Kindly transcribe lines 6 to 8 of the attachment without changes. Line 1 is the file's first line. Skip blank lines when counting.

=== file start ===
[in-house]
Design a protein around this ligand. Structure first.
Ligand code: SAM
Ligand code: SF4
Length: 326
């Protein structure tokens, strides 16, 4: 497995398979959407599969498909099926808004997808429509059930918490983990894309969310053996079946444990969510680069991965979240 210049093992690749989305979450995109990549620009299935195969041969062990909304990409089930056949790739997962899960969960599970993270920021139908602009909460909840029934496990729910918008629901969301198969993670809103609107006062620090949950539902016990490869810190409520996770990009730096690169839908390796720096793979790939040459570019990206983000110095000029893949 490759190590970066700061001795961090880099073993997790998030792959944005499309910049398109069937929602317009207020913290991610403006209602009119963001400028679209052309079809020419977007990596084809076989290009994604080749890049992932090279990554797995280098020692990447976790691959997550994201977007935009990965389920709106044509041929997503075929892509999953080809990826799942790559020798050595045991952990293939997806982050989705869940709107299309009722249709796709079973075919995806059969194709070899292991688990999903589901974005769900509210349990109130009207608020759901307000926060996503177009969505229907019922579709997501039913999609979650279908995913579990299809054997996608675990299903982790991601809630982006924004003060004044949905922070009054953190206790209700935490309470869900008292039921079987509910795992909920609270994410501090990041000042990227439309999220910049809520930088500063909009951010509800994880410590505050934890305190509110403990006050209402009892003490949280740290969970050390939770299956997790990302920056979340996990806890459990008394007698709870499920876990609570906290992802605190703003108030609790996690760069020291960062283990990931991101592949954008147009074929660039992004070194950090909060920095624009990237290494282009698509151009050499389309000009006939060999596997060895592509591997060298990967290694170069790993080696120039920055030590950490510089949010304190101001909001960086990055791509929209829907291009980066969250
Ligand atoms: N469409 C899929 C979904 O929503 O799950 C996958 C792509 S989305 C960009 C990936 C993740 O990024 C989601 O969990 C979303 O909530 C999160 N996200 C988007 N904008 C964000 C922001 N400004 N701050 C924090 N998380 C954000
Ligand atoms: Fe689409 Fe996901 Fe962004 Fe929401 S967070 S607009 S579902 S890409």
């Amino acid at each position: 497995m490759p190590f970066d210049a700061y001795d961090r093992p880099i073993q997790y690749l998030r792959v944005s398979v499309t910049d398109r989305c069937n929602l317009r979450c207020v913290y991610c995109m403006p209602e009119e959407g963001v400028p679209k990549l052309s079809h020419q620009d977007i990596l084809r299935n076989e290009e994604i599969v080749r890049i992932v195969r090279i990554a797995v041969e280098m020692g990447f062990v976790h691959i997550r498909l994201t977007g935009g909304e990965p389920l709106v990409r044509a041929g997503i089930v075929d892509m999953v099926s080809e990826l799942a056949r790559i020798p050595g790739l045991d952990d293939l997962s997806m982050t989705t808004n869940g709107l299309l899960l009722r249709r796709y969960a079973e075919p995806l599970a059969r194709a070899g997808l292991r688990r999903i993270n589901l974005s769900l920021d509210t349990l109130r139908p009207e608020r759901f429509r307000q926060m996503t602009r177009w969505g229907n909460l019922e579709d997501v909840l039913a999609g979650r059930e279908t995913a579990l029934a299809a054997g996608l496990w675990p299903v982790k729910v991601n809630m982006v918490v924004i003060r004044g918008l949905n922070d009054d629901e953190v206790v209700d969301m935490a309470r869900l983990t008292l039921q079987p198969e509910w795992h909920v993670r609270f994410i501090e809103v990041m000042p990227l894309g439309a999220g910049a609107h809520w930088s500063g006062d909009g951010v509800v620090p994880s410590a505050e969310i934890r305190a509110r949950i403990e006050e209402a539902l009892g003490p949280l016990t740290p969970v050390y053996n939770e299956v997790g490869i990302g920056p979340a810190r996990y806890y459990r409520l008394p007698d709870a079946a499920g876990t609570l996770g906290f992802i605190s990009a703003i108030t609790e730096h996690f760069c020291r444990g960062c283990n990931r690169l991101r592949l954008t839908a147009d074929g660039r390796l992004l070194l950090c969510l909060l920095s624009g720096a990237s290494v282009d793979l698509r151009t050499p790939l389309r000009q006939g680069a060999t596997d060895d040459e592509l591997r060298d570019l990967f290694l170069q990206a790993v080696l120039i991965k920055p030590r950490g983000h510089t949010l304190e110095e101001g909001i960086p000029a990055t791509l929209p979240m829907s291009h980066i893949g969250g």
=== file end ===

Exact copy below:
């Protein structure tokens, strides 16, 4: 497995398979959407599969498909099926808004997808429509059930918490983990894309969310053996079946444990969510680069991965979240 210049093992690749989305979450995109990549620009299935195969041969062990909304990409089930056949790739997962899960969960599970993270920021139908602009909460909840029934496990729910918008629901969301198969993670809103609107006062620090949950539902016990490869810190409520996770990009730096690169839908390796720096793979790939040459570019990206983000110095000029893949 490759190590970066700061001795961090880099073993997790998030792959944005499309910049398109069937929602317009207020913290991610403006209602009119963001400028679209052309079809020419977007990596084809076989290009994604080749890049992932090279990554797995280098020692990447976790691959997550994201977007935009990965389920709106044509041929997503075929892509999953080809990826799942790559020798050595045991952990293939997806982050989705869940709107299309009722249709796709079973075919995806059969194709070899292991688990999903589901974005769900509210349990109130009207608020759901307000926060996503177009969505229907019922579709997501039913999609979650279908995913579990299809054997996608675990299903982790991601809630982006924004003060004044949905922070009054953190206790209700935490309470869900008292039921079987509910795992909920609270994410501090990041000042990227439309999220910049809520930088500063909009951010509800994880410590505050934890305190509110403990006050209402009892003490949280740290969970050390939770299956997790990302920056979340996990806890459990008394007698709870499920876990609570906290992802605190703003108030609790996690760069020291960062283990990931991101592949954008147009074929660039992004070194950090909060920095624009990237290494282009698509151009050499389309000009006939060999596997060895592509591997060298990967290694170069790993080696120039920055030590950490510089949010304190101001909001960086990055791509929209829907291009980066969250
Ligand atoms: N469409 C899929 C979904 O929503 O799950 C996958 C792509 S989305 C960009 C990936 C993740 O990024 C989601 O969990 C979303 O909530 C999160 N996200 C988007 N904008 C964000 C922001 N400004 N701050 C924090 N998380 C954000
Ligand atoms: Fe689409 Fe996901 Fe962004 Fe929401 S967070 S607009 S579902 S890409």